WASHINGTON (AFP) – IMF head Christine Lagarde said Thursday that it would be able to boost its crisis intervention capacity this week as worries mounted that Spain might be the next eurozone country to seek a rescue.
Warning that “dark clouds” still hover over the global economy, she expressed confidence that International Monetary Fund members meeting this week in Washington would put up the funds needed for a “global firewall” — despite the United States not taking part.
“As part of the outcome of this meeting, we expect our firepower to be significantly increased,” she said, hours after Poland and Switzerland declared their contributions to the $400 billion pool targeted to forestall any financial contagion from Europe.
“You’ve got lots of clouds out there,” she told journalists ahead of the annual IMF-World Bank spring meetings.
The eurozone remains “the epicenter of potential risks” she added.
Worries that Spain might be the next country to seek a bailout, sparking new turmoil across the fragile eurozone, have filled markets over the past week.
On Thursday Madrid scraped through a key bond market test but failed to quash doubts over its future finances.
Overall, the Spanish Treasury raised 2.5 billion euros ($3.3 billion), above its goal, at a high borrowing rate for 10-year notes but still below the psychologically important 6.0 percent level
Investors had been nervously waiting for the government bond auction, fearing a flop could unleash new attacks on Spain’s sovereign debt and reignite the flames of the eurozone debt crisis.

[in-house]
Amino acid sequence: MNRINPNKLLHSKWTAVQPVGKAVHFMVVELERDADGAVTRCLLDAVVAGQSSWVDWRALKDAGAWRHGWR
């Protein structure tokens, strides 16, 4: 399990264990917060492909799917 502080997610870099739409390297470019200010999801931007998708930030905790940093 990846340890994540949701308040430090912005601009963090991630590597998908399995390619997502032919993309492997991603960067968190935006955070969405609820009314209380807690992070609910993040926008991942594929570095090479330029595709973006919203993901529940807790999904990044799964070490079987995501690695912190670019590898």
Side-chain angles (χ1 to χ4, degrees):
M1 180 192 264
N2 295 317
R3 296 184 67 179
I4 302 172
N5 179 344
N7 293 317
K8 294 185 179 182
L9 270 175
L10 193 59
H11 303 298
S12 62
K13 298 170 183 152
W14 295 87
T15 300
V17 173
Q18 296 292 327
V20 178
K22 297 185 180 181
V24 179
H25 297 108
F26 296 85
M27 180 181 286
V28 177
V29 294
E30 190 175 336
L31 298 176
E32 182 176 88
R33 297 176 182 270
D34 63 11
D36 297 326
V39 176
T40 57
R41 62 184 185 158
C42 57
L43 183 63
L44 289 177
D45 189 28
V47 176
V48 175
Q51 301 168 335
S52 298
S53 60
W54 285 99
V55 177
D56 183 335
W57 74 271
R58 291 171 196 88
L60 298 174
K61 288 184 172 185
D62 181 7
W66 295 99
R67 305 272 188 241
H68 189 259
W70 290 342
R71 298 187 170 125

“Spain has replaced Greece in the international and especially the Anglo-Saxon press as the country that has the most problems. The problems are clearly enormous but reforms are being made,” said Daniel Pingarron, analyst at Spanish brokerage IG Markets.
Even so, he admitted, “These tensions are not going to calm in the short term or even the medium term,” he added.
Lagarde said Spain does not need an IMF rescue loan as long as Europe itself keeps working to help the government with its reforms.
“There is no such need at the moment as I understand,” she told Bloomberg Television.
Madrid was taking “really serious measures” on reforming the country’s labor market and reducing its fiscal shortfalls, she said.
“I hope that through the combined efforts that the Europeans will be able to support the efforts undertaken by the Spanish government.”
But the IMF continued to push for its own firewall.
As of early Thursday, the IMF was more than three-quarters of the way toward meeting its $400 billion goal for boosting its intervention “firepower”.
The European Union has pledged $200 billion, Japan $60 billion, and Sweden, Norway, Denmark, Poland and Switzerland and some smaller contributors another $60 billion.
But the BRICS economies seeking greater say in the running of the IMF — Brazil, Russia, India, China and South Africa — have yet to declare how much they will contribute.
“China will be at the meeting, that’s certain,” said a European source referring to the world’s second largest economy.
“But will it give a figure this week, or wait until Mexico?” when Group of 20 leaders meet in June.
With Washington saying it would not contribute, the IMF had already rolled back its target of $500 billion, and some economists worry the IMF and European crisis funds might not be enough if markets turn sour on Spain and Italy.
Lagarde also urged members to beef up the IMF’s fund for helping out the world’s poorest countries, on top of the crisis firewall.
“It’s equally important that we have the adequate resources to help the low-income countries if they need it.”
“I very much hope that the entire membership will respond and seize the moment,” she said.